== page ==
An Izmir court on Saturday appointed trustees to Kavuklar Holding and Küçükbay Group which parents the popular vegetable oil producer, Orkide, over their alleged links to the Gülen movement.

Established in 1970, Kavuklar has interests in automotive, real estate, construction, finance, food, and printing businesses. Meanwhile, Küçükbay was ranked Turkey’s 106th largest industrial corporation with its sales revenue worth TL 883 million in 2015.

Owners of both groups were earlier arrested as part of an investigation into the movement.

The Justice and Development Party (AK Party) government has already been appointing trustees to private companies as part of its battle against the Gülen movement since a corruption scandal led to the resignation of four Cabinet members in December 2013. A total of 2,000 trustees have been appointed to hundreds of private enterprises in Turkey from the beginning of 2016.

Thanks to decrees issued as part of the state of emergency declared on July 20 following a failed coup on July 15, Turkey’s government is now seizing all the Turkish companies and properties owned by businessmen allegedly linked to Turkish Islamic scholar Fethullah Gülen.

More than $50 billion in turnover

Government-run Savings Deposit Insurance Fund (TMSF) President Şakir Ercan Gül announced on Oct. 4 that the government has seized a total of 252 companies in Turkey as part of the crackdown on the Gülen movement.

The total turnover of companies seized by the government has been estimated at over $50 billion, the Cumhuriyet daily reported on Oct. 15.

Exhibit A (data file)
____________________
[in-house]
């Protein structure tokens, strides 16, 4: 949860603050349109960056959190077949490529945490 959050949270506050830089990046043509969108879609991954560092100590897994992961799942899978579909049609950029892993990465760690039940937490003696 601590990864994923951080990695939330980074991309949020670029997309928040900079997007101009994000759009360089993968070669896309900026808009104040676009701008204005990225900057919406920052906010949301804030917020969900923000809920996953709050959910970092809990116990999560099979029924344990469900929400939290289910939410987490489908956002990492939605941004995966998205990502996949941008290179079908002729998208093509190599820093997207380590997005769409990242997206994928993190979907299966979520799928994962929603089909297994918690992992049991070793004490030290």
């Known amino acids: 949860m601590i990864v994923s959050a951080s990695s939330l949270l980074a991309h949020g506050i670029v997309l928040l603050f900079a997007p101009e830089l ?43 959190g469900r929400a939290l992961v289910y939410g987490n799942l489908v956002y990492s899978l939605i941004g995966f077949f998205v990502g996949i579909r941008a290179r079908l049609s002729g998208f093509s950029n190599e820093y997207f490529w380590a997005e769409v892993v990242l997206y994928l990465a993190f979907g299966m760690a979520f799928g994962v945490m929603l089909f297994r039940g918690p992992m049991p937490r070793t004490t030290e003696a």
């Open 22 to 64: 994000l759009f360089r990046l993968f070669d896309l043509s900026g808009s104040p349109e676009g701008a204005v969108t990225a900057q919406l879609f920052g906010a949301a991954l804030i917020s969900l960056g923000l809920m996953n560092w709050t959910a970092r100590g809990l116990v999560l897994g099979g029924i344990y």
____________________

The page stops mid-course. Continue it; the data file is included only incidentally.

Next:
The companies are alleged to be connected to the Gülen movement, a civic initiative based in Turkey, with the government coining the term “FETÖ” to designate the movement as a terrorist organization. A court recently in fact ruled out the existence of such an organization named “FETÖ.”

Among the large conglomerates that have been confiscated by the TMSF are Koza-İpek Holding, Boydak Holding, Dumankaya Holding, Kaynak Holding and Naksan Holding. In separate investigations, the government has also confiscated the assets of many businessmen it considers linked to the movement.

Akın İpek, the CEO of Koza-İpek Holding until the confiscation, said 18 of the group’s confiscated companies alone were worth over $10 billion.

The government also seized Turkey’s then-largest Islamic lender, Bank Asya, over its ties to the movement.

$4.9 billion immovable properties confiscated

The Hürriyet daily on Oct. 10 reported that the Turkish government has seized the title deeds of a total of 5,401 properties that have links to the Gülen movement as part of its ongoing witch-hunt against the movement, according to Turkey’s General Directorate of Land Registry and Cadaster.

According to the daily, 3,314 of the title deeds were transferred to the state treasury, while 2,087 of them were conveyed to the Prime Ministry’s Directorate General of Foundations.

Environment and Urban Planning Minister Mehmet Özhaseki announced on Oct. 8 that the value of immovable properties including dormitories, real estate and schools that the government has confiscated as part of its clampdown on the Gülen movement totals around TL 15 billion ($4.9 billion).

The government accuses the movement of masterminding a July 15 coup attempt even though the latter denies involvement, demanding credible evidence.